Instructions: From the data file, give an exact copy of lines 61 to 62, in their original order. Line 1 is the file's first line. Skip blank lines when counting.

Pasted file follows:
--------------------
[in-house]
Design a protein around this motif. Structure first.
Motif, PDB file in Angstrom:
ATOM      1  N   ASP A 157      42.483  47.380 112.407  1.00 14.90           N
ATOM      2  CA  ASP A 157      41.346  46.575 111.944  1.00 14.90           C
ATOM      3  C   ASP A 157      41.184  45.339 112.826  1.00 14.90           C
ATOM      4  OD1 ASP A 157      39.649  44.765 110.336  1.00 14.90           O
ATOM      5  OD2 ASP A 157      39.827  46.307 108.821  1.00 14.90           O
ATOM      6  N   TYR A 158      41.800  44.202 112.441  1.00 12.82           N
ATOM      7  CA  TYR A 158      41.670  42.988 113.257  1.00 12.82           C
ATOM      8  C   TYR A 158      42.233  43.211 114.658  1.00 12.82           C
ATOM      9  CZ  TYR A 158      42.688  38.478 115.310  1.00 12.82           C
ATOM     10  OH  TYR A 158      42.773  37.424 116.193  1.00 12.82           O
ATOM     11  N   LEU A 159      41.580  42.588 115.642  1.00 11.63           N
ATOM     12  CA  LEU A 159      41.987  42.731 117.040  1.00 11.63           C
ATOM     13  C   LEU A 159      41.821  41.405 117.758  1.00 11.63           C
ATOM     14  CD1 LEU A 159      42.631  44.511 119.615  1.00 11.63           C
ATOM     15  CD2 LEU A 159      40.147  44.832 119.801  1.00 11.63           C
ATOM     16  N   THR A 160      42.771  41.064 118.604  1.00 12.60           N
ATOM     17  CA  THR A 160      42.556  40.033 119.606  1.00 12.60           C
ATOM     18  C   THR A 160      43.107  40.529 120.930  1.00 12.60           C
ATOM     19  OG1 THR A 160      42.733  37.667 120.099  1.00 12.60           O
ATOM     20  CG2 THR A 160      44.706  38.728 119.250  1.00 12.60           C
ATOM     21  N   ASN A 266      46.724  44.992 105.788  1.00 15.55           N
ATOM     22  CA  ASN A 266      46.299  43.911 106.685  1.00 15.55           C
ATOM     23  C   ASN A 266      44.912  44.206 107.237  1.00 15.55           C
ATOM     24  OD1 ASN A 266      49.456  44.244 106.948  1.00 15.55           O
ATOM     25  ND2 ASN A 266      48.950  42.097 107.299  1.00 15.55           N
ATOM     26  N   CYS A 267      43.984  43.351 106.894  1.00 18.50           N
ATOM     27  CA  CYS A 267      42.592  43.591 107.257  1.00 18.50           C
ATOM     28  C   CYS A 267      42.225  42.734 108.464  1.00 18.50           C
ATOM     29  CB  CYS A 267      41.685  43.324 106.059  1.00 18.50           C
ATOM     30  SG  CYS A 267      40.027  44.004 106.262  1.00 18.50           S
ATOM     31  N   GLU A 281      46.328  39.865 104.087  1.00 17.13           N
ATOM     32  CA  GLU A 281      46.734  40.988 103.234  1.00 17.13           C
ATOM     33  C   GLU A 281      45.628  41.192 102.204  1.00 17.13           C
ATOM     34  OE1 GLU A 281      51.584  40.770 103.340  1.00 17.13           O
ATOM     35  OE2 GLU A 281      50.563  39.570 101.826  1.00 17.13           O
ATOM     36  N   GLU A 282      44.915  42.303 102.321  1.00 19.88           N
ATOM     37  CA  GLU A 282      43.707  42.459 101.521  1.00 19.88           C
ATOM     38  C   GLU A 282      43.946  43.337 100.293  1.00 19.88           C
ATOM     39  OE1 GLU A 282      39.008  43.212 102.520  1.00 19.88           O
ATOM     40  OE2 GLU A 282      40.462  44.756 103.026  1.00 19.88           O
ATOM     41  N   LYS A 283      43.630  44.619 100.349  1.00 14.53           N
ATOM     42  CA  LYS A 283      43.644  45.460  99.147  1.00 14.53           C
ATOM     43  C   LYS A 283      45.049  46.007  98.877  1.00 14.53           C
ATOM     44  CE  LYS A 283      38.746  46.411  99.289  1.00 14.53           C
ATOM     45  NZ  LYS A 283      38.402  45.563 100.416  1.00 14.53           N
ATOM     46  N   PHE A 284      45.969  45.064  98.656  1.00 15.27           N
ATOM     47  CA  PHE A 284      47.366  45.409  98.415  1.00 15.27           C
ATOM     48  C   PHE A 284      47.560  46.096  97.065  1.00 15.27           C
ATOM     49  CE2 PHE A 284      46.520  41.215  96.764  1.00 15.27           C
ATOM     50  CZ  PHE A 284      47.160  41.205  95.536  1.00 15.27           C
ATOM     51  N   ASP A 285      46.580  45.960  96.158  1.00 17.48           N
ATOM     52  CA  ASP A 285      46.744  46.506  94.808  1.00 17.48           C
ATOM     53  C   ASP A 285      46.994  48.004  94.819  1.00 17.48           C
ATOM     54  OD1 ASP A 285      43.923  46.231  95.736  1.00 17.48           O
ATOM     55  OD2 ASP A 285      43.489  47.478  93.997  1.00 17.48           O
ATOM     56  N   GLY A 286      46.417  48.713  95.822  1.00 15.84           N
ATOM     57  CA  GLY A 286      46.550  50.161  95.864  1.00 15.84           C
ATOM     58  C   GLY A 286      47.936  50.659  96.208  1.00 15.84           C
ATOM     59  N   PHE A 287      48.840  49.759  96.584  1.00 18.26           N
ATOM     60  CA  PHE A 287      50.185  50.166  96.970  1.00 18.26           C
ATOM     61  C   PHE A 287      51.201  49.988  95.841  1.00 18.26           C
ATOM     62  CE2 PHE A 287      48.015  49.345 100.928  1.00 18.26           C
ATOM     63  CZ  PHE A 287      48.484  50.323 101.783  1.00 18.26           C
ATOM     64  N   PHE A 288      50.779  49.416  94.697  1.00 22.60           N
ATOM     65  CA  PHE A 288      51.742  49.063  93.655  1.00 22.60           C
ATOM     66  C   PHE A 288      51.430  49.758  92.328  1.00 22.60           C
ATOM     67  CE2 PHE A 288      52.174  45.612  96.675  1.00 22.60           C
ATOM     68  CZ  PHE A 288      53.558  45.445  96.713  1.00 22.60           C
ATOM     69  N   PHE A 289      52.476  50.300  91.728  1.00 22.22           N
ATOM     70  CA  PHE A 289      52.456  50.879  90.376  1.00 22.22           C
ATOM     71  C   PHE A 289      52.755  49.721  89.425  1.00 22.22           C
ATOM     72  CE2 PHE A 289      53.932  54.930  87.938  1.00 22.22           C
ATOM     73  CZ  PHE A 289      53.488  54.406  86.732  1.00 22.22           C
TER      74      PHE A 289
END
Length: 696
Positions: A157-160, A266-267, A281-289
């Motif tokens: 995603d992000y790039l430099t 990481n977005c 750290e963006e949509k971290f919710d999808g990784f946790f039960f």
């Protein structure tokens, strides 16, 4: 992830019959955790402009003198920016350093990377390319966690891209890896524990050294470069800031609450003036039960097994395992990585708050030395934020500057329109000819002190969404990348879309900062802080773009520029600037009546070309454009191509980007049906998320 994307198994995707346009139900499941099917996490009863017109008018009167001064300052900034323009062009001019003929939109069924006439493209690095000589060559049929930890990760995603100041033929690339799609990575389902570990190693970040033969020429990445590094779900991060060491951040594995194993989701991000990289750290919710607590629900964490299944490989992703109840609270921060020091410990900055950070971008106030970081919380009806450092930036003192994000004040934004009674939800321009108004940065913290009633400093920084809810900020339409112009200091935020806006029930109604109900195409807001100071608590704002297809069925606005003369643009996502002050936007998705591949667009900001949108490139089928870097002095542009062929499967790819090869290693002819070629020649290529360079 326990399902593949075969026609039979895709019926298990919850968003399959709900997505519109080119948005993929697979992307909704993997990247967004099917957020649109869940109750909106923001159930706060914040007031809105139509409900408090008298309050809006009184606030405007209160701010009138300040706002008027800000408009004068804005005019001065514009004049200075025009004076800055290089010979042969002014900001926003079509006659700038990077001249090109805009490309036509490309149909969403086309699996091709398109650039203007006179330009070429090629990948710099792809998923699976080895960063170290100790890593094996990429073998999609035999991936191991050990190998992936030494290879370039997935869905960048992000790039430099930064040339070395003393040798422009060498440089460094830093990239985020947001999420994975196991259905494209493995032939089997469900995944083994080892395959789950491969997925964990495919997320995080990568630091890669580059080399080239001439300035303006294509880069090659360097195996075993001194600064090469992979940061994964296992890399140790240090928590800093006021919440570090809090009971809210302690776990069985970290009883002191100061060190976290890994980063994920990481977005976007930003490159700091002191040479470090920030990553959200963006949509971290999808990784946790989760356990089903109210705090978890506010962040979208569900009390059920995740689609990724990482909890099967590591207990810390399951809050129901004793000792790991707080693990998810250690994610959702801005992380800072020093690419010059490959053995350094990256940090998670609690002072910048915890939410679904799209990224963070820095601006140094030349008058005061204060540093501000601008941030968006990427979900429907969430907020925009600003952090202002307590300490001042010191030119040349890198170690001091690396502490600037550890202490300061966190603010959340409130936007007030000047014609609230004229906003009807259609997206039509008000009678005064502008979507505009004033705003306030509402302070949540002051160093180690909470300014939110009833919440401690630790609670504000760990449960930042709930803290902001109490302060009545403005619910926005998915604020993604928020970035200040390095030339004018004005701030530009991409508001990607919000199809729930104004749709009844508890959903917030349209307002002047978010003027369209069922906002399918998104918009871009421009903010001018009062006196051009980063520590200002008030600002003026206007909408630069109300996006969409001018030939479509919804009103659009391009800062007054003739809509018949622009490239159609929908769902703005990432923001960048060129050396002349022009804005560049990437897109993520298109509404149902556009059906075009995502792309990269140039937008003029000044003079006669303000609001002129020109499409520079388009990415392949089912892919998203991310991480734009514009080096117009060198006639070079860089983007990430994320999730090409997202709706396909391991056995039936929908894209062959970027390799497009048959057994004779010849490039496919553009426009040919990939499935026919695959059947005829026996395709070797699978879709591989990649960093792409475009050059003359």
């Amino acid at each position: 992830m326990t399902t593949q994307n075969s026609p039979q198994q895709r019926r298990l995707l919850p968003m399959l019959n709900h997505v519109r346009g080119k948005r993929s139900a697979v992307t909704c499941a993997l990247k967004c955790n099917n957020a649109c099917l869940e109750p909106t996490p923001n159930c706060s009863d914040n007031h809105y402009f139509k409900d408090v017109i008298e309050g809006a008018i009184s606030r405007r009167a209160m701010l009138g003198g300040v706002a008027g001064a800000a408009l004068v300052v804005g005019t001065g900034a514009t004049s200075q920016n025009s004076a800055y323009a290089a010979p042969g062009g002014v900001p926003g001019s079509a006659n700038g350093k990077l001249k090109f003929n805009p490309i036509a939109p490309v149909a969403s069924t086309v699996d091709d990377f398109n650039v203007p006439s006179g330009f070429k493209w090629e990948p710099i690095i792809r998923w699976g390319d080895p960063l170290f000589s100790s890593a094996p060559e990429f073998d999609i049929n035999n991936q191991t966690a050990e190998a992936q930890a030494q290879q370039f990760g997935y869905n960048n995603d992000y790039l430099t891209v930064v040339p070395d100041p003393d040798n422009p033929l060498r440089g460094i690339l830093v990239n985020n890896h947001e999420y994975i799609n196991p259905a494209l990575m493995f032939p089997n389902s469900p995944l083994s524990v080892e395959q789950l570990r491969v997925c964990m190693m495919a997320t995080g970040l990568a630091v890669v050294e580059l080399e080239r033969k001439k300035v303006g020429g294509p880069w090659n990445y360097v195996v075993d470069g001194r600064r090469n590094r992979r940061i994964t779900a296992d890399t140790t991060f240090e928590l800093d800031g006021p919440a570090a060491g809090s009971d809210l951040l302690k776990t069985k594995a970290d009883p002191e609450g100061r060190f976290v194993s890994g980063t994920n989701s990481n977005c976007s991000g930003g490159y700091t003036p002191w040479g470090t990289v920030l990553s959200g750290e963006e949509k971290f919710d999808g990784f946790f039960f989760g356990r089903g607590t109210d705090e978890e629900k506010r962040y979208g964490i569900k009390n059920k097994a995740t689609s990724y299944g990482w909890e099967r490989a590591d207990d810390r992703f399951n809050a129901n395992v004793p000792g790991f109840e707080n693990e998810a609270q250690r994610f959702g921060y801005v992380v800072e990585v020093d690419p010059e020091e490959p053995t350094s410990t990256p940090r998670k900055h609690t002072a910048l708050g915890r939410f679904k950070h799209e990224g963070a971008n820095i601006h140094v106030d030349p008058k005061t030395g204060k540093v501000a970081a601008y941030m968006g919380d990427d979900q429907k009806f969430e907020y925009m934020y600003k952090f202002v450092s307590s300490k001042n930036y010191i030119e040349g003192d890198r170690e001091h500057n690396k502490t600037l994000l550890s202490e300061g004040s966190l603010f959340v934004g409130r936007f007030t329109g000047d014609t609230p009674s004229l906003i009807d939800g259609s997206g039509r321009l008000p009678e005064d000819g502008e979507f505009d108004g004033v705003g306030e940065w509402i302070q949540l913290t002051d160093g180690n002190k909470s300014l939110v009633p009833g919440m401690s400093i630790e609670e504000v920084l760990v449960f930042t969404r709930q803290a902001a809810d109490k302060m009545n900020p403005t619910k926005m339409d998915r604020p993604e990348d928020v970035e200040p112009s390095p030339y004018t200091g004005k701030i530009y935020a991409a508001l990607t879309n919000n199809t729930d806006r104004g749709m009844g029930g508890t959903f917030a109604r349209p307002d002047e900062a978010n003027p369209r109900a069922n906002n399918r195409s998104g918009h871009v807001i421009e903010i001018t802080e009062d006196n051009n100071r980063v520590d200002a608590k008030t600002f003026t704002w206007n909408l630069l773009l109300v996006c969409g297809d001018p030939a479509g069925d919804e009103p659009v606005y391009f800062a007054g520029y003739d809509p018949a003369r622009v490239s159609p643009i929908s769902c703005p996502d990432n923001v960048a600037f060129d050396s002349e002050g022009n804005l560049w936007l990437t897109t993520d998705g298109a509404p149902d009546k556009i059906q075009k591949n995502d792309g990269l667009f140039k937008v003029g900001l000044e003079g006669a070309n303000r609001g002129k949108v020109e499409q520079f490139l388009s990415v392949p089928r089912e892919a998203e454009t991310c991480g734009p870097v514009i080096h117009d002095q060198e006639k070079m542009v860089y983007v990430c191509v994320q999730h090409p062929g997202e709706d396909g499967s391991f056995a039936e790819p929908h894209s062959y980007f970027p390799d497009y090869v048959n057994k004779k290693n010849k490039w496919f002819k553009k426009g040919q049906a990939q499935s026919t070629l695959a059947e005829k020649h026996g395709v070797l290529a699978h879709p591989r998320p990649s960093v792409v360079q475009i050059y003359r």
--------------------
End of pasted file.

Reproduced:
ATOM     58  C   GLY A 286      47.936  50.659  96.208  1.00 15.84           C
ATOM     59  N   PHE A 287      48.840  49.759  96.584  1.00 18.26           N